Summer camp showing kids what they can do

Clayton Carver, 13, of Lewiston shakes hands with Auburn police Chief Phil Crowell during a tour of the police station on Thursday.
Daryn Slover/Sun Journal
Clayton Carver, 13, of Lewiston shakes hands with Auburn police Chief Phil Crowell during a tour of the police station on Thursday.
Posted Aug. 01, 2011, at 5:26 a.m.
Last modified Aug. 01, 2011, at 9:27 a.m.

AUBURN, Maine — In his sixth week at summer camp, Clayton Carver, 13, of Auburn has learned what college tuition is, what different colleges exist and where he wants to go.

“Saint Anselm’s,” he said. “It seemed like a really good place. It stood out.”

Carver is attending a summer camp in its pilot year: Great Futures Road Trip, where the emphasis is on college, careers and community service, said Nick Tifft, youth resource coordinator for the Boys and Girls Club of Southern Maine Auburn/Lewiston Clubhouse.

Campers do the usual summer fun activities like going to parks and swimming. They’re also being shown opportunities that await them if they work hard in high school and start to plan for college while they’re eighth- or ninth-graders.

“We’re hoping they gain more of a vision to what they want to do and go back to school in the fall with a better focus,” Tifft said.

On Thursday, campers ages 12 to 15 toured the Auburn Police Station to learn about police work. On Friday, they met with Lewiston Mayor Larry Gilbert and learned about government.

Campers have visited the University of Maine, Central Maine Community College, Bowdoin College, and Plymouth State and Saint Anselm in New Hampshire. On Monday they’re going to Harvard in Cambridge, Mass.

In addition to the Auburn Police Department and Lewiston City Hall, their career visits have included a bakery, a clothing store, a radio station and a restaurant.

Last month, campers went to the U.S. District Court in Portland to meet a district judge and court lawyers after sitting in on a case.

They also met in June with park rangers at Cobscook Bay State Park and talked about careers as rangers and game wardens.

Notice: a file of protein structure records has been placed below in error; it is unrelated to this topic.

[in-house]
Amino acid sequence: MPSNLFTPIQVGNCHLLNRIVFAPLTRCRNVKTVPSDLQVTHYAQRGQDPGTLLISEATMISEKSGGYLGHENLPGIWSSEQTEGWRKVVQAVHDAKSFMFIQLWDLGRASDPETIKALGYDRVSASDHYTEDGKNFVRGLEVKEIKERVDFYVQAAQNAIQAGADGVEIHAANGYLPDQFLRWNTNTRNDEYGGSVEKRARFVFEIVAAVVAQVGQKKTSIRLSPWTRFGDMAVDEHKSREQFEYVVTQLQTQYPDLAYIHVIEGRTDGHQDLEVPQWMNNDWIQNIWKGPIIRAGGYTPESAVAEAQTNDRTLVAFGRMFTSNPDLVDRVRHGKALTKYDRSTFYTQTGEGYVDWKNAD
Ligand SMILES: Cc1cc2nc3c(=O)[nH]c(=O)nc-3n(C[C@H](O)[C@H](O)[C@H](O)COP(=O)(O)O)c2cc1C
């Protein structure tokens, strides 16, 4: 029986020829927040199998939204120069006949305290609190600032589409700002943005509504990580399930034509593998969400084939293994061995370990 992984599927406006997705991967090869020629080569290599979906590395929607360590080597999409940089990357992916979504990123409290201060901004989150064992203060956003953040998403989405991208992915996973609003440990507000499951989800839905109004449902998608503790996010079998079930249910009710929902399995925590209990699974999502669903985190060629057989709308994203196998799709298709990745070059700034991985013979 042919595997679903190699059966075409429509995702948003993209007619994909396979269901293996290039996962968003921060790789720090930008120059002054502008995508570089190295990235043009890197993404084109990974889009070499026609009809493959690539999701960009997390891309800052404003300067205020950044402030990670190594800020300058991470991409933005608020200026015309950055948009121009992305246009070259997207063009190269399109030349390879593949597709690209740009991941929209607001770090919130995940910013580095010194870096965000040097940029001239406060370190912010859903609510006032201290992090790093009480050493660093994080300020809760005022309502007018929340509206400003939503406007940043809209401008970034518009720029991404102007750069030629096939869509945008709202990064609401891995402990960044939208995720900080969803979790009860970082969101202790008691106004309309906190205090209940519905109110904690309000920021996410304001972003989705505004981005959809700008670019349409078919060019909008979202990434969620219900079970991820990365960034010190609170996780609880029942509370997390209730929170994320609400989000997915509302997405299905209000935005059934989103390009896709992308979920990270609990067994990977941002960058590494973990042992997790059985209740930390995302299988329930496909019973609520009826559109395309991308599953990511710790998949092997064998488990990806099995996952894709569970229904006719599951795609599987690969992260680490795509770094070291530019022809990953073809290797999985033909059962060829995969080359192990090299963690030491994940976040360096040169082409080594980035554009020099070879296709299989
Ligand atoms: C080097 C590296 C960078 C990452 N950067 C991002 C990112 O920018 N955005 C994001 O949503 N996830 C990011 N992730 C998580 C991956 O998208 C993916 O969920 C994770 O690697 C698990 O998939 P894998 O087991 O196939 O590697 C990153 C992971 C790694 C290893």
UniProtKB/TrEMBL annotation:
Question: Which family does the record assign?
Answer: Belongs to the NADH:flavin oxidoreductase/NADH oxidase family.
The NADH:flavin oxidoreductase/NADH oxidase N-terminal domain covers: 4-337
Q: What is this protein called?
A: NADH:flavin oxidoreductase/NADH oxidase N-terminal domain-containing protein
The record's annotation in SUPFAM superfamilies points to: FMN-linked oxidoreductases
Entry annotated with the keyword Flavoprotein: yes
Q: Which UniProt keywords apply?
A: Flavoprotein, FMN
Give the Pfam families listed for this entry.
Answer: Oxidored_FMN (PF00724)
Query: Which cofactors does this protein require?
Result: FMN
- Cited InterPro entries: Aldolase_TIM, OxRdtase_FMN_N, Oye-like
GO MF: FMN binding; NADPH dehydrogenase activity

For community service they’ve helped clean the yards of elders, played games with d’Youville Pavilion residents and helped park rangers stain picnic tables.

“It’s so much fun. It doesn’t feel like community service,” said Anita Destrini, 15, of Mechanic Falls, who’s interested in becoming a psychiatrist. The camp gives “more of a reality” of life after high school, “because I’m going to be going to college very soon.”

Every summer Katie Ferrara, 12, said she does the usual like go to the beach.

“This is way different,” Ferrara said. “You get to go to colleges, learn about what you want to do when you’re older, do community service and give back.”

While meeting with campers Friday, Gilbert told them about how he became police chief and mayor, and encouraged them to work hard in school.

He’s a member of Mayors Against Illegal Guns, a group concerned about keeping guns out of illegal hands, and Mayors for Peace, an international group opposed to nuclear weapons. So is Bernard Lown, Gilbert said, telling campers about the 1938 Lewiston High School graduate who went on to become a cardiologist, developed the defibrillator, won a Nobel Peace Price, and has a Lewiston-Auburn bridge named in his honor.

At age 90, Lown remains a sharp, “amazing man,” who went to school in Lewiston. “That could happen with you guys,” Gilbert said.

A parent of one camper said she’s thrilled what how her son is responding to the Great Futures Road Trip.

Andrea Emch of Lewiston said the camp has given her son, Christian O’Brien, 13, “a sense of belonging he’s been lacking. He’s passionate about community service they’ve been doing,” she said.

Since visiting colleges “his drive for higher education is off the charts,” she said. “He’s even started, on his own, asking questions about what classes you have to take to go to college.”

This summer the camp was limited to 11 because that’s how many the club van could transport, Tifft said. The Boys and Girls Club hopes to expand the program next summer, he said.

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